Welcome to The Sankofa Projects blogspot!!!

"In the spirit of Sankofa, reach back and fetch your history
and your culture so that you will take purposeful steps into the future."
~ Chadra Pittman Walke

For more info or to schedule a program contact us:

757-317-0001

thesankofaprojects@gmail.com



Tuesday, May 21, 2013

Ritual of Remembrance created for Contraband Day, Saturday, May 25, 2013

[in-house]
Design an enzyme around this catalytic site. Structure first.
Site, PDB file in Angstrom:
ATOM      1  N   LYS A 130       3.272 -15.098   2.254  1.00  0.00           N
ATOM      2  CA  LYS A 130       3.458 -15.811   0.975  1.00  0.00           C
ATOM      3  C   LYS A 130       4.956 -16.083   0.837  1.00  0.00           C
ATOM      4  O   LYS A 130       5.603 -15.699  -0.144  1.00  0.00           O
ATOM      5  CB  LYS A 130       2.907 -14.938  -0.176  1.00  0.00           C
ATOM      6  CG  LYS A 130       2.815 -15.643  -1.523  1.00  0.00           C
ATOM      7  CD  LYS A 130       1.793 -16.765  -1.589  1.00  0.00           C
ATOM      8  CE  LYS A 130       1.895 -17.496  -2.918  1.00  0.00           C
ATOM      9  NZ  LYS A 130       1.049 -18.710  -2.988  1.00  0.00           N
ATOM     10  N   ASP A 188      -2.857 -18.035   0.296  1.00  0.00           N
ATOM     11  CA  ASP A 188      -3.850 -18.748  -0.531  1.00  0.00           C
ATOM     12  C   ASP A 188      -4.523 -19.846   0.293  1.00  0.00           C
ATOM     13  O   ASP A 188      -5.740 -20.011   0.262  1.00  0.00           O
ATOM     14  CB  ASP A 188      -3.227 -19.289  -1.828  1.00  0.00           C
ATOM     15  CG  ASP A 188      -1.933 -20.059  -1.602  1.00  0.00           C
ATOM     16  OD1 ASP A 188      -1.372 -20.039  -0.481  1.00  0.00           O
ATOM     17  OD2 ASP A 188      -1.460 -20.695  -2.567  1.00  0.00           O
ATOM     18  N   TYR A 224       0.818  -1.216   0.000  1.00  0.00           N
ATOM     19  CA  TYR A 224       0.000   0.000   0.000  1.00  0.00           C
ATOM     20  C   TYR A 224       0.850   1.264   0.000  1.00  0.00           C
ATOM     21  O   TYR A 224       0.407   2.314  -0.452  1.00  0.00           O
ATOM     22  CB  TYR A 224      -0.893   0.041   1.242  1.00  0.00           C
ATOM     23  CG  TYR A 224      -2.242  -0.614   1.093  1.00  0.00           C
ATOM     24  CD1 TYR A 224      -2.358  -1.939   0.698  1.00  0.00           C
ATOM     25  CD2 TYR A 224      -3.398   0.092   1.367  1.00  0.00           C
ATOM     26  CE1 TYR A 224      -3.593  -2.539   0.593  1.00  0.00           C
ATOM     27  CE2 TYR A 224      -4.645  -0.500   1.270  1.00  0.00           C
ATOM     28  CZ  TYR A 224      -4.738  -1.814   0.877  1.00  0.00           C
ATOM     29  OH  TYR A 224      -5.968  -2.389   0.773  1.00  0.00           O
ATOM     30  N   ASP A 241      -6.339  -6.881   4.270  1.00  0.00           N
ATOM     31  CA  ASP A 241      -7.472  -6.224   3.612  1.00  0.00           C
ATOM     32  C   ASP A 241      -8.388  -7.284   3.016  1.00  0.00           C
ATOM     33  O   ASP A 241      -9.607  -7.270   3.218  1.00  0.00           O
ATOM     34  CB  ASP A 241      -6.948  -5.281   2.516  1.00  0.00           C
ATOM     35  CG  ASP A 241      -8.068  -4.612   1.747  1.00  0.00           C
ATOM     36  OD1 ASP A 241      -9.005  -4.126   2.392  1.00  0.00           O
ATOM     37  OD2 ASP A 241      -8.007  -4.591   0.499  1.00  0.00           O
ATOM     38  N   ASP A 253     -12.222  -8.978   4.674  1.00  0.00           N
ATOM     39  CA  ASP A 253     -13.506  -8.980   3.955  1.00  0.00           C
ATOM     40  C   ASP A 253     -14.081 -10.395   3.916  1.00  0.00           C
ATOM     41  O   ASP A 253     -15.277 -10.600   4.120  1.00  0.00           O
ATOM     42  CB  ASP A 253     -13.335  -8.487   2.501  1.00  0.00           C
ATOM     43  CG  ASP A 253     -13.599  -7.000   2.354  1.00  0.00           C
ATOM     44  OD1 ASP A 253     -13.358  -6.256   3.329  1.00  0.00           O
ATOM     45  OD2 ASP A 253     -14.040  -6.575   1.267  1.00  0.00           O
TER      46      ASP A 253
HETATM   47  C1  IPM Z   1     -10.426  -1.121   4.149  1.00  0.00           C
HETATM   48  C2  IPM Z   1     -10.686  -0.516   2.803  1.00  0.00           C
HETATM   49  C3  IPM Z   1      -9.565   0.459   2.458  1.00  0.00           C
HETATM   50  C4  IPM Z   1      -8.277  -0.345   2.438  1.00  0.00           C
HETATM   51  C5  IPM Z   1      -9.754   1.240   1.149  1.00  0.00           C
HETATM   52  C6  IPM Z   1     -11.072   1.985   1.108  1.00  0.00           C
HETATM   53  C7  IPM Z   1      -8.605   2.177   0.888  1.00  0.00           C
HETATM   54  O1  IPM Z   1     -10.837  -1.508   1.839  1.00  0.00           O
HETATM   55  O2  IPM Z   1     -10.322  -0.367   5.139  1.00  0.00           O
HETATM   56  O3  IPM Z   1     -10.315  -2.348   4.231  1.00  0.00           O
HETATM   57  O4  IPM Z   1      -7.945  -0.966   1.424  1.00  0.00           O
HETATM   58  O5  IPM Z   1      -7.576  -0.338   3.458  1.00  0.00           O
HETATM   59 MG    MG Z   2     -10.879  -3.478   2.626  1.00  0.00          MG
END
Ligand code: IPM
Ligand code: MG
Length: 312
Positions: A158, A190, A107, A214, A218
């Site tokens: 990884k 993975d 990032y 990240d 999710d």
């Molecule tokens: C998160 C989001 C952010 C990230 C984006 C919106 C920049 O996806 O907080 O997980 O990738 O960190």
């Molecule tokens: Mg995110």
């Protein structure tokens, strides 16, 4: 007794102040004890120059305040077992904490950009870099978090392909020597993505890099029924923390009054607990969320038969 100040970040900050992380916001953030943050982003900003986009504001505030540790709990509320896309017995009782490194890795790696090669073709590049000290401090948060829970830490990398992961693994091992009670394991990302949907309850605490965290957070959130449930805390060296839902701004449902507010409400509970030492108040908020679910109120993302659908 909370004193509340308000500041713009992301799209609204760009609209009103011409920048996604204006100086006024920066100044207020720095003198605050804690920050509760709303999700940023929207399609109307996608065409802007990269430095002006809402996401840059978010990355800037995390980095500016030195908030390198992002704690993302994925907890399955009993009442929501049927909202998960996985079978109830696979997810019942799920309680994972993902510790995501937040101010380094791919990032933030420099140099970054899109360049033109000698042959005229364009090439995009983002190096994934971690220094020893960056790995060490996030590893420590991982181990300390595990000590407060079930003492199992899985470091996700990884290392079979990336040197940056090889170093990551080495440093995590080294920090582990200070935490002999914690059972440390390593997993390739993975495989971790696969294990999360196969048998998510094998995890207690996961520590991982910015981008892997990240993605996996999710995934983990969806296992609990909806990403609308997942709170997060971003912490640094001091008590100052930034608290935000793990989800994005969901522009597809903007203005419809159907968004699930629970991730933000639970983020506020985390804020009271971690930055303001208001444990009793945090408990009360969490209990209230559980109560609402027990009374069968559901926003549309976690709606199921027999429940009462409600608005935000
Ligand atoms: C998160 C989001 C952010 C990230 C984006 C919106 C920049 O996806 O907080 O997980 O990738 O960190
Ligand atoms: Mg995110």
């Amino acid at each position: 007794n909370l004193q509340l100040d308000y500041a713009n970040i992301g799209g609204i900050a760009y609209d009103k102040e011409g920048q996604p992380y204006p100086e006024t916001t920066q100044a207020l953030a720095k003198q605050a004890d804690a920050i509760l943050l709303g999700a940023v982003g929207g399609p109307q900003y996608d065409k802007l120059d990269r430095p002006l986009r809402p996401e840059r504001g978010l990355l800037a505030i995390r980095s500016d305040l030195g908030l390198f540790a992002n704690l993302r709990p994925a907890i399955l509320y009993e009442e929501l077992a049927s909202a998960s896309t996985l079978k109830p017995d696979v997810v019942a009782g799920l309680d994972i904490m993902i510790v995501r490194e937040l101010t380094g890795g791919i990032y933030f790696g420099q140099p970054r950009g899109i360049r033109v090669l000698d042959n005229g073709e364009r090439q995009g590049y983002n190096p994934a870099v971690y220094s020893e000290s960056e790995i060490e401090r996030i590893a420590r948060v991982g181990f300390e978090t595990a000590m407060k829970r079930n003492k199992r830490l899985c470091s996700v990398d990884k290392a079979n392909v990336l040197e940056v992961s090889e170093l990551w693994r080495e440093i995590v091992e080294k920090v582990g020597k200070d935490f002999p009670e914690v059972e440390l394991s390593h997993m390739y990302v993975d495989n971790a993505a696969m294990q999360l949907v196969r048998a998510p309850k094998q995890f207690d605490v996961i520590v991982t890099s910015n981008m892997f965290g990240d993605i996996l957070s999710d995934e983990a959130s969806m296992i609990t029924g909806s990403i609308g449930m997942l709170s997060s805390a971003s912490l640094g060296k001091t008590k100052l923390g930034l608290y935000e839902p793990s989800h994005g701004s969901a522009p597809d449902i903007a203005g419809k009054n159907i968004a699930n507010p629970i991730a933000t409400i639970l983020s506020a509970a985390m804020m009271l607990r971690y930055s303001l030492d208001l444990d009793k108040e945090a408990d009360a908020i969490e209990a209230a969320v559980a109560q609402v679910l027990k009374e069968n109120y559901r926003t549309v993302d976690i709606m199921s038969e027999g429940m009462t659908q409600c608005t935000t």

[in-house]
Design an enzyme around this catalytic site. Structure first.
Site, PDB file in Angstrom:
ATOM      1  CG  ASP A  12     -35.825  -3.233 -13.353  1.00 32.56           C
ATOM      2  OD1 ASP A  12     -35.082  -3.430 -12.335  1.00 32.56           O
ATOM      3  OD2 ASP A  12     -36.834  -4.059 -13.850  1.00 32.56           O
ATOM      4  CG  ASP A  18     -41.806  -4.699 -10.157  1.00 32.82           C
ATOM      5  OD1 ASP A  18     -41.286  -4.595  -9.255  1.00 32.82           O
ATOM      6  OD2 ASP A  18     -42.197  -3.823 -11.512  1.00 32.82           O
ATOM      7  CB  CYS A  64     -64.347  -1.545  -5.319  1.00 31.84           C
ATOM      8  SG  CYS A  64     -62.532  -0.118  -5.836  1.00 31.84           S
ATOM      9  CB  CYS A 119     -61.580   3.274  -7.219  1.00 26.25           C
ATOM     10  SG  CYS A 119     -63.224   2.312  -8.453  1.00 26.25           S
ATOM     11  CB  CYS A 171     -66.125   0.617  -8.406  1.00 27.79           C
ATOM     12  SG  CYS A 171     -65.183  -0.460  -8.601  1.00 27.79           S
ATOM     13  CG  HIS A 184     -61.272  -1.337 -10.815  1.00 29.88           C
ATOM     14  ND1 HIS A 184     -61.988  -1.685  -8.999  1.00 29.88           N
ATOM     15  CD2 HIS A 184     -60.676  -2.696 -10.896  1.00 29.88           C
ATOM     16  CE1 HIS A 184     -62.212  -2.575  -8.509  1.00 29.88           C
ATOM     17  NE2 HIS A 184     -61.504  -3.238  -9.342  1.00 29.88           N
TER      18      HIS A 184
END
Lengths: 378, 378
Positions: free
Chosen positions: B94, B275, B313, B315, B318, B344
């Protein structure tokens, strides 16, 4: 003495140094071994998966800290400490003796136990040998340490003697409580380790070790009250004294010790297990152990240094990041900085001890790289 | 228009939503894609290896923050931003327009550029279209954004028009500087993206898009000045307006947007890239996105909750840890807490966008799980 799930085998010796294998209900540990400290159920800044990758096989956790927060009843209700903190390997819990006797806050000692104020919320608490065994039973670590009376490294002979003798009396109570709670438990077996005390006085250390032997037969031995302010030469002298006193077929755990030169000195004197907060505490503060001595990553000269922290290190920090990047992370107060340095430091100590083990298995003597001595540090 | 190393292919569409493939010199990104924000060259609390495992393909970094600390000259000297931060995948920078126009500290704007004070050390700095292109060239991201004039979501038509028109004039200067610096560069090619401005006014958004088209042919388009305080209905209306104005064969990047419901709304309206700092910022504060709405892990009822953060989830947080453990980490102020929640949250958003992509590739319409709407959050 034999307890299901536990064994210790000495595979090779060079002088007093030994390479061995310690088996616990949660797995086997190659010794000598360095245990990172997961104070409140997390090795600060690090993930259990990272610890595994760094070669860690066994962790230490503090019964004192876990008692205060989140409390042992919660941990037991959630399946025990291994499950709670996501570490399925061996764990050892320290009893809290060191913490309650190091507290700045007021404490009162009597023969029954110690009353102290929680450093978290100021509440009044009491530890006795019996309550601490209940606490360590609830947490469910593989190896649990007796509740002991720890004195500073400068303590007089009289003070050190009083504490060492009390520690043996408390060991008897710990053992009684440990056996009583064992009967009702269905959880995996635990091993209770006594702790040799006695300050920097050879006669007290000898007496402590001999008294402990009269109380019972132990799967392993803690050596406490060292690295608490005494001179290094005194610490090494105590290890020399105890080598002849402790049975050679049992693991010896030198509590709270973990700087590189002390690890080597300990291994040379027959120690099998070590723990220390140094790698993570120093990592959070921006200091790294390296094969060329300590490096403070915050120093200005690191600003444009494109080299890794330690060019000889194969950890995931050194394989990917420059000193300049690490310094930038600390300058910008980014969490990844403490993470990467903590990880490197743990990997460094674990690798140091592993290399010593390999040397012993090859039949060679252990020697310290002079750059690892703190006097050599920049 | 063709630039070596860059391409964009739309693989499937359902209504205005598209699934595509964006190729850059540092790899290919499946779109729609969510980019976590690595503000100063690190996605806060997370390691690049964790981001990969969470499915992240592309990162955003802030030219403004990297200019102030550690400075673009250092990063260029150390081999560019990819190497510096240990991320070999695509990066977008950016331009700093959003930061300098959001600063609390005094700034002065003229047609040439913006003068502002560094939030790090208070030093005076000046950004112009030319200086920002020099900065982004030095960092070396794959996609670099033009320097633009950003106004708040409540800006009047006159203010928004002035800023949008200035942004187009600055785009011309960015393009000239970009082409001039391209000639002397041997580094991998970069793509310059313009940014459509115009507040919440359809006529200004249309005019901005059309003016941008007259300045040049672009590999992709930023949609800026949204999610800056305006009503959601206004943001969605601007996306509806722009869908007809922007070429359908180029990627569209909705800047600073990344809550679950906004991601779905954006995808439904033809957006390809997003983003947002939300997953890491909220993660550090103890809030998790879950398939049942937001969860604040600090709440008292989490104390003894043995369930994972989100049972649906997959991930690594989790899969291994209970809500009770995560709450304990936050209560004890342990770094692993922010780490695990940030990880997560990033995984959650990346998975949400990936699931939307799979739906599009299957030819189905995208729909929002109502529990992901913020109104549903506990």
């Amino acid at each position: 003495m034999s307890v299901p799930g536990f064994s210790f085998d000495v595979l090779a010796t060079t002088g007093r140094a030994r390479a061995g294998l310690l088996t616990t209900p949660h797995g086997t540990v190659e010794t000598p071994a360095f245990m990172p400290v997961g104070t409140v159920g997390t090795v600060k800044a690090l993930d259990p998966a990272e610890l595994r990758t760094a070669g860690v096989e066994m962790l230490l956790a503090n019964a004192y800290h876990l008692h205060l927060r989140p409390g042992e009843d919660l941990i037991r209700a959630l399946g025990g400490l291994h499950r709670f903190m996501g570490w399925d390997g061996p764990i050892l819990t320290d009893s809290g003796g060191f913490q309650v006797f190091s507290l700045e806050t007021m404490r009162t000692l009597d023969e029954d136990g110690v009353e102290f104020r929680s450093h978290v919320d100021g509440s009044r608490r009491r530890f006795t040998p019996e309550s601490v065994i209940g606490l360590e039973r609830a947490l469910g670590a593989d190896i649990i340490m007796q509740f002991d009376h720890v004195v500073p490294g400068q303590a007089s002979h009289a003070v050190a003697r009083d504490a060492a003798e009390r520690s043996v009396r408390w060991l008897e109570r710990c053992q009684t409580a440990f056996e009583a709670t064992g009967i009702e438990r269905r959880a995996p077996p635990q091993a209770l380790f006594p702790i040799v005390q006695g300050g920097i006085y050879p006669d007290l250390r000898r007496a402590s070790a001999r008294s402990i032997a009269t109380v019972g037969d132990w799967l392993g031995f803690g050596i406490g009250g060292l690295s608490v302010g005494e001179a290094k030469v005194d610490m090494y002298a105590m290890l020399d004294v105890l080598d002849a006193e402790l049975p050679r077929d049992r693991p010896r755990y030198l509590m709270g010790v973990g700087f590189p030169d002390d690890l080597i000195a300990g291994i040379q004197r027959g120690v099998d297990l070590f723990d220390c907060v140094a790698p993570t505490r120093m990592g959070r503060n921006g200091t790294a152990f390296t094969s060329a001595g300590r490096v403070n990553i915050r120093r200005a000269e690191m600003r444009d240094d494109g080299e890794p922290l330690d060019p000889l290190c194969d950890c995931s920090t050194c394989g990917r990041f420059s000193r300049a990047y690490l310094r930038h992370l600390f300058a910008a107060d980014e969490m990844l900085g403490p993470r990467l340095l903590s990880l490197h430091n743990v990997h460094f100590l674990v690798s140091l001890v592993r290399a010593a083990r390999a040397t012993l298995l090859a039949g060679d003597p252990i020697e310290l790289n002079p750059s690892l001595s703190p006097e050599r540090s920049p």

National Park Service News Release For Immediate Release: May 13, 2013 Contacts: Eola Dance, National Park Service, eola_dance@nps.gov, 757-722-3678 Phyllis Terrell, Fort Monroe Authority, pterrell@fmauthority.org, 757-251-2754 Fort Monroe to Commemorate the “Contraband Decision” and “Contrabands” on the Road to Emancipation Fort Monroe, VA – In recognition of the 152nd Anniversary of the “Contraband Decision” the National Park Service, Fort Monroe Authority, Hampton Department of Parks and Recreation, Contraband Historical Society, and Project 1619 are sponsoring a day of commemorative events May 25, 2013, from 10:00 am to 4:00 pm. Join us at the Fort Monroe Theatre at 10:00 am for the Contraband Ritual of Remembrance & Opening Ceremony, immediately followed by the play Battle from Darkness to Light: Mary Peake First Teacher of the Freed People; and hourly living history walking tours of the historic fort leaving from Cannon Park at 1:00 pm, 2:00 pm and 3:00 pm. All events are free and open to the public. Free parking available onsite. Please respect residents and do not park in reserved spaces. Bring a picnic basket and spend the day enjoying all that Fort Monroe has to offer. About the Program– This day of commemorative events captures the complexity of Civil War history at Fort Monroe and explores the individual stories that help history come alive; Superintendent Talken-Spaulding stated “the impact of General Benjamin Butler’s “Contraband Decision” and the experiences of freedom seekers in the “Contraband,” community represents a key paradigm shift in Civil War history that forever changed the realities of slavery and freedom in the United States; we hope that you will join us and investigate our Nation’s history at Fort Monroe.” 10:00 am at the Fort Monroe Theatre, 42 Tidball Rd, Hampton, VA 23651, participate in the Contraband Ritual of Remembrance, orchestrated by Sankofa Projects, giving honor to all ancestors who paved the way for us today. This opportunity for reflection and reconciliation includes ancestral drumming and a pouring of libations. 11:00 am at the Fort Monroe Theatre, witness the City of Hampton’s Urban Performing Arts production Battle from Darkness to Light: Mary Peake First Teacher of the Freed People; theatre goers will be treated to this stage play that honors the life of Mary Peake and tells the story of two fictious enslaved mothers who made the brave journey to the contraband camp at Fortress Monroe. The play was written by local playwright, Marie St.Clair and stars the Inner-tainer Theatre Troupe and the music of the Community Spirit Vocal Ensemble, directed by Debra Petteway. 1:00 pm, 2:00 pm, 3:00 pm Cannon Park, the intersection of Ingalls & Ruckman Rd. just before Main Gate, join us for living history walking tours at the top of each hour as we follow the presumed footsteps of freedom seekers like Martha Ann Fields as portrayed by Ajena Rogers, decedent of the Fields family; consider the politics and consequences of Gen. Benjamin Butler’s “Contraband Decision” at Quarters #1, presented by Tony Gabriele of the Contraband Historical Society; and visit the Algernourne Oak, a living witness to over 400 years of history including the abbreviated assignment of Harriett Tubman to Fort Monroe performance by distinguished interpreter Charmaine Crowell-White. Brief History of the “Contraband Decision” – As the American Civil War commenced and Virginia’s citizens ratified the state’s secession ordinance on May 23, 1861, three enslaved men known to us today as Frank Baker, Sheppard Mallory, and James Townsend fled to Union held Fort Monroe. Major General Benjamin Butler having arrived to his appointment just days prior, was confronted by the men, Butler questioned returning the men to bondage as required by the Fugitive Slave Act of 1850 or allowing them sanctuary. Butler reasoned Virginia was no longer part of the United States and therefore the 1850 law did not apply. Further, these enslaved men were being used against the nation and could be retained as “contraband of war.” The news of refuge at Fort Monroe spread quickly and by the end of July 900 freedom seekers; men, women, and children, found their way to Fort Monroe. By their brave actions this powerful event became known as the pivotal “Contraband Decision” and the fort was christened “Freedom’s Fortress”. As the “contraband” community out grew the fort, Gen. Butler authorized the building of the “Grand Contraband Camp” in an abandoned area of Hampton. Over the course of time, more than 10,000 freedom seekers found their way to Freedom’s Fortress and camps in the area leading up to the close of the war in 1865. Like freedom seeker James Apostles Field, who escaped to Fort Monroe in 1862 and was later met by his mother Martha Ann Fields and siblings in 1864. In response to the growing community, the American Missionary Association established schools, hiring Mary Smith Peake in 1861 leading to the establishment of Hampton Normal School, known today, as Hampton University. The need for medical attention led to the recruitment of Harriet Tubman as the head matron of the hospital for African Americans and United States Colored Troops; though she only remained for a few short months due to false promises and poor conditions. The multi-faceted history of Fort Monroe spans over 400 years. Included in the history of the fort, also known as Point Comfort, is the arrival of the first Africans brought to the English colonies. As pointed out in the Presidential Proclamation establishing the National Monument, this “arch of slavery” distinguishes Fort Monroe as witness to the beginning and end of slavery in America. Three years after the “Contraband Decision” the Union supported the enlistment of black regiments resulting in the formation of the USCT, further the decision was a forerunner to President Abraham Lincoln’s 1863 Emancipation Proclamation, and the ratiļ¬cation of the Thirteenth Amendment to the U.S. Constitution, in 1865 abolishing slavery in the United States. www.nps.gov -- Chadra Pittman Walke Mother ~ Anthropologist ~ Writer ~ Advocate Founder, COLLAGE www.facebook.com/groups/pariahinthe757 Founder, The Sankofa Projects www.thesankofaprojects.blogspot.com www.facebook.com